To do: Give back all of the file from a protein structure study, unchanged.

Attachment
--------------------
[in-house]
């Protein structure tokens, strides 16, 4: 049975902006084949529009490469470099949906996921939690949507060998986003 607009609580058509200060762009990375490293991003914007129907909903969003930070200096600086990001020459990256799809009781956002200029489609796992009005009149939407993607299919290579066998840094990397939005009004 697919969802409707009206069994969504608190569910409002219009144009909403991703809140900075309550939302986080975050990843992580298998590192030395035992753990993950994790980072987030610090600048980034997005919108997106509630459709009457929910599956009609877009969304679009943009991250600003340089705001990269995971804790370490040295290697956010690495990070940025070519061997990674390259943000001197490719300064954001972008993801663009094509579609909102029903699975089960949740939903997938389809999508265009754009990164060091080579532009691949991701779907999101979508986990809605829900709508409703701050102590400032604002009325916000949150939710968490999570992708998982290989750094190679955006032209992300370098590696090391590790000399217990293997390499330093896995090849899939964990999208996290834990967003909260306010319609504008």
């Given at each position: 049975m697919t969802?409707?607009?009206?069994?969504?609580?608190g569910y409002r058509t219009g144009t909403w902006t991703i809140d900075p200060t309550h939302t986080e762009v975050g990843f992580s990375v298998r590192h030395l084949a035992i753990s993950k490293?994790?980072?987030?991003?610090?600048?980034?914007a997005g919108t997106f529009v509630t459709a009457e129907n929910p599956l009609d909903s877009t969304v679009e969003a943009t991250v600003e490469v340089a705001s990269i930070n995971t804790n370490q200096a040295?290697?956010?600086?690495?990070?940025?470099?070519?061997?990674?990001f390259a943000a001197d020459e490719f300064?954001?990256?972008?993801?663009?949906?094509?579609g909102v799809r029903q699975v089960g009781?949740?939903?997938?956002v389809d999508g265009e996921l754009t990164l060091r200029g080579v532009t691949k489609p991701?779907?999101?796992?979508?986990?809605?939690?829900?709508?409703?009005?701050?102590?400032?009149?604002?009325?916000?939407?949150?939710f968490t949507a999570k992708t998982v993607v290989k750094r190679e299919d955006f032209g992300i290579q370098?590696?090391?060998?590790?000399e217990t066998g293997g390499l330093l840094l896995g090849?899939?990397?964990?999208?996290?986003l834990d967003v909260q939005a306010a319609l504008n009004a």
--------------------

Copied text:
[in-house]
């Protein structure tokens, strides 16, 4: 049975902006084949529009490469470099949906996921939690949507060998986003 607009609580058509200060762009990375490293991003914007129907909903969003930070200096600086990001020459990256799809009781956002200029489609796992009005009149939407993607299919290579066998840094990397939005009004 697919969802409707009206069994969504608190569910409002219009144009909403991703809140900075309550939302986080975050990843992580298998590192030395035992753990993950994790980072987030610090600048980034997005919108997106509630459709009457929910599956009609877009969304679009943009991250600003340089705001990269995971804790370490040295290697956010690495990070940025070519061997990674390259943000001197490719300064954001972008993801663009094509579609909102029903699975089960949740939903997938389809999508265009754009990164060091080579532009691949991701779907999101979508986990809605829900709508409703701050102590400032604002009325916000949150939710968490999570992708998982290989750094190679955006032209992300370098590696090391590790000399217990293997390499330093896995090849899939964990999208996290834990967003909260306010319609504008």
């Given at each position: 049975m697919t969802?409707?607009?009206?069994?969504?609580?608190g569910y409002r058509t219009g144009t909403w902006t991703i809140d900075p200060t309550h939302t986080e762009v975050g990843f992580s990375v298998r590192h030395l084949a035992i753990s993950k490293?994790?980072?987030?991003?610090?600048?980034?914007a997005g919108t997106f529009v509630t459709a009457e129907n929910p599956l009609d909903s877009t969304v679009e969003a943009t991250v600003e490469v340089a705001s990269i930070n995971t804790n370490q200096a040295?290697?956010?600086?690495?990070?940025?470099?070519?061997?990674?990001f390259a943000a001197d020459e490719f300064?954001?990256?972008?993801?663009?949906?094509?579609g909102v799809r029903q699975v089960g009781?949740?939903?997938?956002v389809d999508g265009e996921l754009t990164l060091r200029g080579v532009t691949k489609p991701?779907?999101?796992?979508?986990?809605?939690?829900?709508?409703?009005?701050?102590?400032?009149?604002?009325?916000?939407?949150?939710f968490t949507a999570k992708t998982v993607v290989k750094r190679e299919d955006f032209g992300i290579q370098?590696?090391?060998?590790?000399e217990t066998g293997g390499l330093l840094l896995g090849?899939?990397?964990?999208?996290?986003l834990d967003v909260q939005a306010a319609l504008n009004a």